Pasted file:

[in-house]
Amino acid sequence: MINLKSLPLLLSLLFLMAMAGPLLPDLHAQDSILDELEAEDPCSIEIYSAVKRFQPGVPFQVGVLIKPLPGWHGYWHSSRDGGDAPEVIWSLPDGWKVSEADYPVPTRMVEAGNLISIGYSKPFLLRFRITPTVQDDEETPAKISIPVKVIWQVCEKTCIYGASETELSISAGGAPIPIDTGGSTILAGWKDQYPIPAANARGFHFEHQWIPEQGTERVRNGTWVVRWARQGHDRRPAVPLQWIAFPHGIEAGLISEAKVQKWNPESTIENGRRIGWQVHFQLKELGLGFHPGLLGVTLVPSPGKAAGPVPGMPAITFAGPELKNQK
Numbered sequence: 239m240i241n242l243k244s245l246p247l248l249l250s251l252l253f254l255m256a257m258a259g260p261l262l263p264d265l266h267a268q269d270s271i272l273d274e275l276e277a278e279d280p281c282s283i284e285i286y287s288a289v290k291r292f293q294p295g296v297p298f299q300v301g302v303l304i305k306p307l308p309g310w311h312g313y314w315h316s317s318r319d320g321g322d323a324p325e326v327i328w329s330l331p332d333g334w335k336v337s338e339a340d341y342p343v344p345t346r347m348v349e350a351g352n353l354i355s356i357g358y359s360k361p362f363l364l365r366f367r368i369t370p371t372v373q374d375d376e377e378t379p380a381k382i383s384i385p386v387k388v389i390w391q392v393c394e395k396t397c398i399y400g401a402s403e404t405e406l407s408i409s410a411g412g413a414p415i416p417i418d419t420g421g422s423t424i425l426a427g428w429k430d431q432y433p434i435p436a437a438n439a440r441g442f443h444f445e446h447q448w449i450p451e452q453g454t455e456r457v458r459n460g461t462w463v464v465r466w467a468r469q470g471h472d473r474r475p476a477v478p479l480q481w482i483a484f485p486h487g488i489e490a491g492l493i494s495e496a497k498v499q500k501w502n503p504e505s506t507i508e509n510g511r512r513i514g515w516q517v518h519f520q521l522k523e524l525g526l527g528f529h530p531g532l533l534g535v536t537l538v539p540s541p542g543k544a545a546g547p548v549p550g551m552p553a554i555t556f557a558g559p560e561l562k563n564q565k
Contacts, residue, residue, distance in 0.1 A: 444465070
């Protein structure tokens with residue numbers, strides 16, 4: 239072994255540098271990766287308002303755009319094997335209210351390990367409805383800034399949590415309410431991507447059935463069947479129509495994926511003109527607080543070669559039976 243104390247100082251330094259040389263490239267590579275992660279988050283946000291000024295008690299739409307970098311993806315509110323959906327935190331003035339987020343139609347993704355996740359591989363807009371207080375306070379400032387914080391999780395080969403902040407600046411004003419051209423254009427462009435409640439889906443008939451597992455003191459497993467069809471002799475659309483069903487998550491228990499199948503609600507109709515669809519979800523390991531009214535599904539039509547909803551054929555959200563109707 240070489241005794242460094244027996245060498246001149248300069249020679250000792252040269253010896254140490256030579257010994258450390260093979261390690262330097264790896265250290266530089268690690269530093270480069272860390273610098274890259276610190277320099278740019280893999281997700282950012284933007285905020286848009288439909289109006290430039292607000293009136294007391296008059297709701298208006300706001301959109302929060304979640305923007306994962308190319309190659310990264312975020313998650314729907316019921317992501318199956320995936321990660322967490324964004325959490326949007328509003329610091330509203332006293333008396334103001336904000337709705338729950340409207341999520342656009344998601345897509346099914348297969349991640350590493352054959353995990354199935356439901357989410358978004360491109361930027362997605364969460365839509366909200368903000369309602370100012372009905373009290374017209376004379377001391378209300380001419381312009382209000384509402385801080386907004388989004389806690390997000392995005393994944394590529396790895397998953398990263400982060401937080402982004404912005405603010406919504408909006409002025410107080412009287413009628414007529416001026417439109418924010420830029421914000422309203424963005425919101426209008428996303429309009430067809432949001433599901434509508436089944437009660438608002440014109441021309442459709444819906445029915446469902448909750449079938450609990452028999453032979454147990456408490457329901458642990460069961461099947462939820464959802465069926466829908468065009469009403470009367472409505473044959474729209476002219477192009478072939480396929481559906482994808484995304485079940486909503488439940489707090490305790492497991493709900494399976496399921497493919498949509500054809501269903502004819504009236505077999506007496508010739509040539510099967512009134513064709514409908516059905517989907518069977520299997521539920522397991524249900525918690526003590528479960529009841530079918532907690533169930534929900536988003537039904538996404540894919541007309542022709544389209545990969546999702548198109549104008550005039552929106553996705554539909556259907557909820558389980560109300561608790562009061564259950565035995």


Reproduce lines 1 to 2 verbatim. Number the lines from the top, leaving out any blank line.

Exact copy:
[in-house]
Amino acid sequence: MINLKSLPLLLSLLFLMAMAGPLLPDLHAQDSILDELEAEDPCSIEIYSAVKRFQPGVPFQVGVLIKPLPGWHGYWHSSRDGGDAPEVIWSLPDGWKVSEADYPVPTRMVEAGNLISIGYSKPFLLRFRITPTVQDDEETPAKISIPVKVIWQVCEKTCIYGASETELSISAGGAPIPIDTGGSTILAGWKDQYPIPAANARGFHFEHQWIPEQGTERVRNGTWVVRWARQGHDRRPAVPLQWIAFPHGIEAGLISEAKVQKWNPESTIENGRRIGWQVHFQLKELGLGFHPGLLGVTLVPSPGKAAGPVPGMPAITFAGPELKNQK